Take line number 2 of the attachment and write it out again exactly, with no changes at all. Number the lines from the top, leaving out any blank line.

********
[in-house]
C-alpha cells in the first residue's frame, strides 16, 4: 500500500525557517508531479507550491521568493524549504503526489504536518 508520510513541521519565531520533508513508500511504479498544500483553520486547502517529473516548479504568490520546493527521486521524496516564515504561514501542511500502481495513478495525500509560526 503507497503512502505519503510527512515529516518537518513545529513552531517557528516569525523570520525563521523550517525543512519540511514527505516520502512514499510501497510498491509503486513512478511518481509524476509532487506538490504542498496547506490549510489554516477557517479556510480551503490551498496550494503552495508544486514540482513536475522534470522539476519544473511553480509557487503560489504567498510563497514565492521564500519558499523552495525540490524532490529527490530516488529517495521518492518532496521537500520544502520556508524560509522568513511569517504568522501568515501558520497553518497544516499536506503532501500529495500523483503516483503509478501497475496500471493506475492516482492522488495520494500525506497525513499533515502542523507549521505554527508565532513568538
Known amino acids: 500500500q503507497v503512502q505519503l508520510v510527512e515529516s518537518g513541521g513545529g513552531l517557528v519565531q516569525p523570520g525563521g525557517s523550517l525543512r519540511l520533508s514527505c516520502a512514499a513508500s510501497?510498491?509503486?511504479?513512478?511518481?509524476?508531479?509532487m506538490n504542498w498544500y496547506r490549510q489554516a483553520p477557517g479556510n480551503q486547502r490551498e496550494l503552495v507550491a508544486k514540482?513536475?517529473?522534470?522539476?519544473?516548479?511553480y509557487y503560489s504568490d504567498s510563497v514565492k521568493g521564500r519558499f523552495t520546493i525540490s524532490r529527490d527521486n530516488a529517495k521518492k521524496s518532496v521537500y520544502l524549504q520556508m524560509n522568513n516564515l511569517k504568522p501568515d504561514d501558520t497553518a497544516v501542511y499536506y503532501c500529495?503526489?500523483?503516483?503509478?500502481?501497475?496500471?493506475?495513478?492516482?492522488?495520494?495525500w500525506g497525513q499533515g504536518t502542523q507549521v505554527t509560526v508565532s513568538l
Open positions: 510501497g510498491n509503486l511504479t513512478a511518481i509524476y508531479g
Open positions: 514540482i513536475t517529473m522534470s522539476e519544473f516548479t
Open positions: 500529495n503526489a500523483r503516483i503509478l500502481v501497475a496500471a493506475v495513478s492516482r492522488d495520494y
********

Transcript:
C-alpha cells in the first residue's frame, strides 16, 4: 500500500525557517508531479507550491521568493524549504503526489504536518 508520510513541521519565531520533508513508500511504479498544500483553520486547502517529473516548479504568490520546493527521486521524496516564515504561514501542511500502481495513478495525500509560526 503507497503512502505519503510527512515529516518537518513545529513552531517557528516569525523570520525563521523550517525543512519540511514527505516520502512514499510501497510498491509503486513512478511518481509524476509532487506538490504542498496547506490549510489554516477557517479556510480551503490551498496550494503552495508544486514540482513536475522534470522539476519544473511553480509557487503560489504567498510563497514565492521564500519558499523552495525540490524532490529527490530516488529517495521518492518532496521537500520544502520556508524560509522568513511569517504568522501568515501558520497553518497544516499536506503532501500529495500523483503516483503509478501497475496500471493506475492516482492522488495520494500525506497525513499533515502542523507549521505554527508565532513568538